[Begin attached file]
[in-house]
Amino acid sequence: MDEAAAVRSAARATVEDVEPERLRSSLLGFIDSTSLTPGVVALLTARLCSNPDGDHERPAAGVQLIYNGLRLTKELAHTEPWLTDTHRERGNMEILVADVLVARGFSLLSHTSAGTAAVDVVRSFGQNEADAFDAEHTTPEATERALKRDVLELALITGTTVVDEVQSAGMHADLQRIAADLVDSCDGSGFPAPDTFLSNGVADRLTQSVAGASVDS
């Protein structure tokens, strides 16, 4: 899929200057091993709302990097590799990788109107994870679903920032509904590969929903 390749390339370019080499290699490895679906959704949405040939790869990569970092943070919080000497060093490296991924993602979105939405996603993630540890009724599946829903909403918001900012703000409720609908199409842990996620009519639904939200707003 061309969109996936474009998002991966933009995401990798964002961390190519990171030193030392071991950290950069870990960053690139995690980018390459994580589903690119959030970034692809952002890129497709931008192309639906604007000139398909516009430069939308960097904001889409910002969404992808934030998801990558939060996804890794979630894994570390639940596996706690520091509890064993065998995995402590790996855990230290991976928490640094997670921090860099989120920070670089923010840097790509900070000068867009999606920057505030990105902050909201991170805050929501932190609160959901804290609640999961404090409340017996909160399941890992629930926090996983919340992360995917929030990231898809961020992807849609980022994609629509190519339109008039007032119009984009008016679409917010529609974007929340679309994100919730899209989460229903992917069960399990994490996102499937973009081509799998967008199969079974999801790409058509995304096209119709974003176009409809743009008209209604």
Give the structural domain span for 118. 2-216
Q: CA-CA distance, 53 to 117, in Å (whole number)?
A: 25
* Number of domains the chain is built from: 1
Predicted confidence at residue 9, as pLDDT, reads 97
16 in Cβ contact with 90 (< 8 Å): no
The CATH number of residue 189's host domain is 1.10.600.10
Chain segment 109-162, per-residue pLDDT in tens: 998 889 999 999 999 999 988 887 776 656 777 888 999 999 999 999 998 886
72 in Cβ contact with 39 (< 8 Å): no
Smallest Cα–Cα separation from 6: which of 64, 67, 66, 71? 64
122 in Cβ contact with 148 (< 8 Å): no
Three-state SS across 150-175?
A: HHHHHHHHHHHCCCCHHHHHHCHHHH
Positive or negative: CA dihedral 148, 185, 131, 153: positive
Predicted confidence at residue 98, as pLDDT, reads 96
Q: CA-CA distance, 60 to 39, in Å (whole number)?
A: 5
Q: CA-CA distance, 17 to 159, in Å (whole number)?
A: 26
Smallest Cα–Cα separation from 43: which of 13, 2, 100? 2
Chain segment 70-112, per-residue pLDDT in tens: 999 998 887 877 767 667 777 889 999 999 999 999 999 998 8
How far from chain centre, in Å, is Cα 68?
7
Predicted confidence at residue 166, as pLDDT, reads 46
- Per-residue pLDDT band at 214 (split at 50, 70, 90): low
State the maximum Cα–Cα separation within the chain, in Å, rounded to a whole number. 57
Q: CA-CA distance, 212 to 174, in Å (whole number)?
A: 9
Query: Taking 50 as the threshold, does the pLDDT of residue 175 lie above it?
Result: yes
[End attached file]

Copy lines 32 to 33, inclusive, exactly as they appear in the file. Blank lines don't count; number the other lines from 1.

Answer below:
Query: Taking 50 as the threshold, does the pLDDT of residue 175 lie above it?
Result: yes